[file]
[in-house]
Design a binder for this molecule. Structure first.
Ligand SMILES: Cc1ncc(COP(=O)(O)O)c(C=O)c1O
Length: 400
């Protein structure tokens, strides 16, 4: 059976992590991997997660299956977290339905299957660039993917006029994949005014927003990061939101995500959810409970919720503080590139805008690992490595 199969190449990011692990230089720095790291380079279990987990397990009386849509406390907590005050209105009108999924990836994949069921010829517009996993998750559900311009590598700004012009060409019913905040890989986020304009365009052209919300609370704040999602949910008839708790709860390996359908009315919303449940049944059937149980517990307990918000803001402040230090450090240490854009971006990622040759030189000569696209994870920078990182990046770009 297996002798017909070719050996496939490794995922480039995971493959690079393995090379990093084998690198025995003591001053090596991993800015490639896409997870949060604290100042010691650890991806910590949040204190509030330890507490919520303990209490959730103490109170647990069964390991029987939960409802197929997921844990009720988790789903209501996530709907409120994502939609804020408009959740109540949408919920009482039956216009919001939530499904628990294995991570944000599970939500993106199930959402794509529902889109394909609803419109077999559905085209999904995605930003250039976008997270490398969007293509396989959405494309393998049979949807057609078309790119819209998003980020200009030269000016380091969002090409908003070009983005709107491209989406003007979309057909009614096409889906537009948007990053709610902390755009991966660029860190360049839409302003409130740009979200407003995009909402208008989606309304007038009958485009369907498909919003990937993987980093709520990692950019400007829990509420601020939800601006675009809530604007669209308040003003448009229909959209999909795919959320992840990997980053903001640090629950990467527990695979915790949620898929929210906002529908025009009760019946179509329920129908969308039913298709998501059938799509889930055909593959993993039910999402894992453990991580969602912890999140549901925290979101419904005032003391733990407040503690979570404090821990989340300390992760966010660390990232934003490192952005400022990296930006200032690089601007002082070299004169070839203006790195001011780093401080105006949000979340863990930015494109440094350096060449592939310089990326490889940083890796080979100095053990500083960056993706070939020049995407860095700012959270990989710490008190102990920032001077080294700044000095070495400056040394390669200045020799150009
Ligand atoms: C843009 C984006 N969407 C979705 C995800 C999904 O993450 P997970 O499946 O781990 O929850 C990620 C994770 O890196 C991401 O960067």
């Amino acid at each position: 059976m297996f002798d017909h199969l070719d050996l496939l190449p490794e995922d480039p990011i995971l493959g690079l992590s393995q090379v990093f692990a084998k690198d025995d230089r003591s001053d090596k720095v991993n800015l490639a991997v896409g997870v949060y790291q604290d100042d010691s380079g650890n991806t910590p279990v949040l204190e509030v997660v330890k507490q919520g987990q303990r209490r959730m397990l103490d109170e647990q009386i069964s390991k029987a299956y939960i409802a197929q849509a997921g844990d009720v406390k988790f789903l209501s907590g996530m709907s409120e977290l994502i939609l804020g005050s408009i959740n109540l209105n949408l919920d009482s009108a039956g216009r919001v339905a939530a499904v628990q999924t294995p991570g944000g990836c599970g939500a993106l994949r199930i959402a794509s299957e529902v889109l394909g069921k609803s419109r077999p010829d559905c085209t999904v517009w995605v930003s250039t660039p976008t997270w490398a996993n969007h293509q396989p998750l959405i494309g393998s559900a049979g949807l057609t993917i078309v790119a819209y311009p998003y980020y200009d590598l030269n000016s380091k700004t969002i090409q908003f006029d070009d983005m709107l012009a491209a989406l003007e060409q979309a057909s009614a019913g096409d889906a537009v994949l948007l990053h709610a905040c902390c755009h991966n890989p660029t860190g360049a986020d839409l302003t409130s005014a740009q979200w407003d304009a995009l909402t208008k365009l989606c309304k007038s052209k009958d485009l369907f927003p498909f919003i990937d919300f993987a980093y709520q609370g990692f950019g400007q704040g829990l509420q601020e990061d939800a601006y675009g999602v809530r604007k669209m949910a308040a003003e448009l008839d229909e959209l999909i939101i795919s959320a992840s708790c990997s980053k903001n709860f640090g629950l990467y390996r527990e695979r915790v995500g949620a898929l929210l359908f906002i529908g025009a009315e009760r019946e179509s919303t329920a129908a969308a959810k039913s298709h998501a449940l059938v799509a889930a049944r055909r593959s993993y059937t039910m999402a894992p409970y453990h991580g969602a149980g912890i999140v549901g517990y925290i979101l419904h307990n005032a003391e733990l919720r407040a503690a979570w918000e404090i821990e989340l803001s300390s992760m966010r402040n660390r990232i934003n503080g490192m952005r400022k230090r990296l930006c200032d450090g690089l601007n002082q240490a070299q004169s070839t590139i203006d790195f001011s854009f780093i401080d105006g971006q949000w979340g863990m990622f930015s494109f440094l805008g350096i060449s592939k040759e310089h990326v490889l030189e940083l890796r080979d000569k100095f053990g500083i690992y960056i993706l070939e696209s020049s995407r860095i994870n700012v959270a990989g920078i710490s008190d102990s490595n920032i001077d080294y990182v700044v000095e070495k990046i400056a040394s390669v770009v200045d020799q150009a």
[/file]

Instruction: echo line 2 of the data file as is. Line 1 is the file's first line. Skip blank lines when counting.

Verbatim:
Design a binder for this molecule. Structure first.